For example, the Act simplifies the processes for charities to amend their governing documents, including introducing a new statutory power for unincorporated charities to make amendments by resolution. Another example is what the Act has done with failed fundraising appeals. Prior, if a charity fundraiser failed to reach its target, charities usually had to search for and contact donors of small amounts to ask whether they wished their donation to be returned. But now the Act makes it easier for charities to use the proceeds from failed fundraising appeals for other similar charitable purposes.
How Do I Become One?
If you have a law degree, you need to then take the LPC. Once you have completed it, you then need to get a training contract with law firms dealing in this sector. After your contract, you can then become a newly qualified lawyer.
If, however, you have no law degree, you but a degree in a different subject, then you need to take an additional course before the LPC, known as a conversion course (that is, the SQE). This will eventually replace the LPC too.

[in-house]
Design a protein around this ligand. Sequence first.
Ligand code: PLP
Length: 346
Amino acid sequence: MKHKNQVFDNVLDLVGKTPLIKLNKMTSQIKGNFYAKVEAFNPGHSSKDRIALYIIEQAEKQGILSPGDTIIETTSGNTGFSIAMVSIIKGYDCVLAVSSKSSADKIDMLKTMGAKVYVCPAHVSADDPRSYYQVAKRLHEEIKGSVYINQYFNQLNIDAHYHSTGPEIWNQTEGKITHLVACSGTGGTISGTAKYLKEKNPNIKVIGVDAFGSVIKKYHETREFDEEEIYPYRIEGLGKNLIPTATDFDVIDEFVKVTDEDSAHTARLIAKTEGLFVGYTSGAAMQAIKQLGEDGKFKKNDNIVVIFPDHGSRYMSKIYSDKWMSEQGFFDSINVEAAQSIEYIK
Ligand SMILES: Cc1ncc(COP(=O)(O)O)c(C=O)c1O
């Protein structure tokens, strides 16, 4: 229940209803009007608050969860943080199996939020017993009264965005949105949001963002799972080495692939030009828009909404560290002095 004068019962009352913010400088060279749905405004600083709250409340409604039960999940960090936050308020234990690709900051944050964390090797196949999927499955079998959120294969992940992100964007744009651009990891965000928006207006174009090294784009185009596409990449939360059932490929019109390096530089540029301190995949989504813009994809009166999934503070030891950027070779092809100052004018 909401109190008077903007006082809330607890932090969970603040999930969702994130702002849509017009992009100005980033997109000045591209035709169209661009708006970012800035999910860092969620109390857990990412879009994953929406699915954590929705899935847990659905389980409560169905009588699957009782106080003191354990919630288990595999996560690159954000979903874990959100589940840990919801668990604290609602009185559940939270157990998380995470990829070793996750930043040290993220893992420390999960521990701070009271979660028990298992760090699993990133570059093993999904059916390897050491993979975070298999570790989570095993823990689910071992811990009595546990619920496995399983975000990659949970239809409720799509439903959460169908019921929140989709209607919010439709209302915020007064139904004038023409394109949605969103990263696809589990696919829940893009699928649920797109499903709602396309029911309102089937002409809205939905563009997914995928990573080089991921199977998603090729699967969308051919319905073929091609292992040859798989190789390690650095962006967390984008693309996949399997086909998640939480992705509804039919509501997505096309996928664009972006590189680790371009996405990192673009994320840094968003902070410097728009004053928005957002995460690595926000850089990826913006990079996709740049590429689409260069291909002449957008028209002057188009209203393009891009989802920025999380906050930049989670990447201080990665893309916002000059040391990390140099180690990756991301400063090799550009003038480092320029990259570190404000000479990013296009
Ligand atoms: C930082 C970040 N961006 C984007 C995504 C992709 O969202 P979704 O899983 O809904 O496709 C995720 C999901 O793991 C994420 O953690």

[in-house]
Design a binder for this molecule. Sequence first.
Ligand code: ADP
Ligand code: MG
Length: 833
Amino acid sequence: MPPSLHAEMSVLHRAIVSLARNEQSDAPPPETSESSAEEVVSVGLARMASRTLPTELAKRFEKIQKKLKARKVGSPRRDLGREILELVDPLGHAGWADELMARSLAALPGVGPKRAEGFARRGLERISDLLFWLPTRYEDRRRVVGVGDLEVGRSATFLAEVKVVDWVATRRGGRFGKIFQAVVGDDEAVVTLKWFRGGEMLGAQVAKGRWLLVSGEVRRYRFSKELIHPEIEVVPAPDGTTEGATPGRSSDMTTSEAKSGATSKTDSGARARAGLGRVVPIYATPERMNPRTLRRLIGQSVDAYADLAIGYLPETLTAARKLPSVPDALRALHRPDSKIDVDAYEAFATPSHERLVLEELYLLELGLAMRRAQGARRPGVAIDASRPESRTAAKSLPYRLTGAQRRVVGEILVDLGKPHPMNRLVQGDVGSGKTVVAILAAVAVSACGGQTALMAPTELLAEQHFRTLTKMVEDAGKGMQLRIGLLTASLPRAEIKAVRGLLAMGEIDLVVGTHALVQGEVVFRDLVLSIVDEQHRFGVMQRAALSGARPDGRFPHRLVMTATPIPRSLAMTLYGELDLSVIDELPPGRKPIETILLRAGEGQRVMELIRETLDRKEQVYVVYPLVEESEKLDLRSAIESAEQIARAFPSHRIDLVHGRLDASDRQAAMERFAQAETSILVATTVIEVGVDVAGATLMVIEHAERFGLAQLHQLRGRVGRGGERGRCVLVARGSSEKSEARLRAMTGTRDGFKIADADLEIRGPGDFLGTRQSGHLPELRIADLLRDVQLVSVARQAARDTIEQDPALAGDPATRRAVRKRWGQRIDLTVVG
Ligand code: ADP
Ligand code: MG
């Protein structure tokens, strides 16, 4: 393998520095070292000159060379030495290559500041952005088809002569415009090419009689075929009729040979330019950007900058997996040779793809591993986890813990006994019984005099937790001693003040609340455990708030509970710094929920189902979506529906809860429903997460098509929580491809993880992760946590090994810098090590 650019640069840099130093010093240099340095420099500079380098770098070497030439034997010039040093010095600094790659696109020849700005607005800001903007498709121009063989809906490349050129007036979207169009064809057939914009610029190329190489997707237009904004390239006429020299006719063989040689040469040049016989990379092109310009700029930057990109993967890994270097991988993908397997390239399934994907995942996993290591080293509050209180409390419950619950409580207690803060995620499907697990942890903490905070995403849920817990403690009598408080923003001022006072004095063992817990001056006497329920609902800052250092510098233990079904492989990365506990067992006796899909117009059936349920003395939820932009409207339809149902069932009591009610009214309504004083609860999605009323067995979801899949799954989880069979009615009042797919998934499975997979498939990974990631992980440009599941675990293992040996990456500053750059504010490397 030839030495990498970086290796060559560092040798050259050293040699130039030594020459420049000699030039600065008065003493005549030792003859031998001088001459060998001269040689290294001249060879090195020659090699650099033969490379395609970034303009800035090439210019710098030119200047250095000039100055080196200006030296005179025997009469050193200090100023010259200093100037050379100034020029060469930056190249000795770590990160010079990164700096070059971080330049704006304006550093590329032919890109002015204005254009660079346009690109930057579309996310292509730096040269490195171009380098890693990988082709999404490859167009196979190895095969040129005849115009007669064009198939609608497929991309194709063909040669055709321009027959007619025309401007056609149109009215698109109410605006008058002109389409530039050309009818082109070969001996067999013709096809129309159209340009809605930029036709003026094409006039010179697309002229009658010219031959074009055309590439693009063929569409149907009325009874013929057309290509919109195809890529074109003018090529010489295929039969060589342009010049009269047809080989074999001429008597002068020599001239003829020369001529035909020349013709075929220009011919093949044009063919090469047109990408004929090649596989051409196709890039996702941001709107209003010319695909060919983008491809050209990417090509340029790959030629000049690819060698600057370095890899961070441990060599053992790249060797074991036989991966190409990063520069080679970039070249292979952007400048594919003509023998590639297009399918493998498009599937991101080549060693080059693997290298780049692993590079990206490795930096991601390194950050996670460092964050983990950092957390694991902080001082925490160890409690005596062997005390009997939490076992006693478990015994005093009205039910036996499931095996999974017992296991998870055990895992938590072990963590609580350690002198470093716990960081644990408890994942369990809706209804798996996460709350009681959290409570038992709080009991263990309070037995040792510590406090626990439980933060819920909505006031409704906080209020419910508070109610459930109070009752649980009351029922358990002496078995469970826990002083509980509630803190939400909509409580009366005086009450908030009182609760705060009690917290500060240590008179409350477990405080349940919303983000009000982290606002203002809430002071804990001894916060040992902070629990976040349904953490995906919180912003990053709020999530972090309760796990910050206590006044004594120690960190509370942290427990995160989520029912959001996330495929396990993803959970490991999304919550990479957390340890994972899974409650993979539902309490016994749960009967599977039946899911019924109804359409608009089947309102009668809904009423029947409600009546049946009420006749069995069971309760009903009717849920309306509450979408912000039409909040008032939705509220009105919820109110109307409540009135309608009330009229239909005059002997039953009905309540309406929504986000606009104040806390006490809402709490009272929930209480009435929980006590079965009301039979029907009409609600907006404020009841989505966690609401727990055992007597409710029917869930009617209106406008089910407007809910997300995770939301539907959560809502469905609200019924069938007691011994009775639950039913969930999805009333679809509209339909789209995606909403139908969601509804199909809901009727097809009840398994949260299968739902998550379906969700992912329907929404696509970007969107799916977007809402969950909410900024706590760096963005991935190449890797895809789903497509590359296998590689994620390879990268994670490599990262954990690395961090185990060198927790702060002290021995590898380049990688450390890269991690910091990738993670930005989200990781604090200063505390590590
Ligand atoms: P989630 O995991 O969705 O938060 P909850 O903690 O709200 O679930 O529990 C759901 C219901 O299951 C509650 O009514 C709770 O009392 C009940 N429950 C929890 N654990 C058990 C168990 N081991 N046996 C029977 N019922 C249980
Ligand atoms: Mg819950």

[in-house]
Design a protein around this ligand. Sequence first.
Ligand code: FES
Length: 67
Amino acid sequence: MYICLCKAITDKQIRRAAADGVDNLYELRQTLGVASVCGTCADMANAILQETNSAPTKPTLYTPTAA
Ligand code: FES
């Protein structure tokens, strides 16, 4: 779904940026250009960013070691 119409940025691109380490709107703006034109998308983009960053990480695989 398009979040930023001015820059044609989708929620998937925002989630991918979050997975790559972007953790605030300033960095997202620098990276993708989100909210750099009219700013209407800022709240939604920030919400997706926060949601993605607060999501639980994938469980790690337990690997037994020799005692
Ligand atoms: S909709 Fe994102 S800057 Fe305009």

If you want to work as a barrister, then getting a law degree, before commencing on your BPTC is the way to go. If you have no law degree but a different degree you can still become a barrister that practises charity law; what you need to include is to take the GDL before the BPTC.
Charles is a writer, practising lawyer and personal trainer who loves learning and developing himself. He graduated from Middlesex University, London with eight first-class grades in the second and third years of his law degree, and received a postgraduate offer from Cambridge University. He loves strength training, boxing and encouraging people to succeed in their pursuits (legal ones)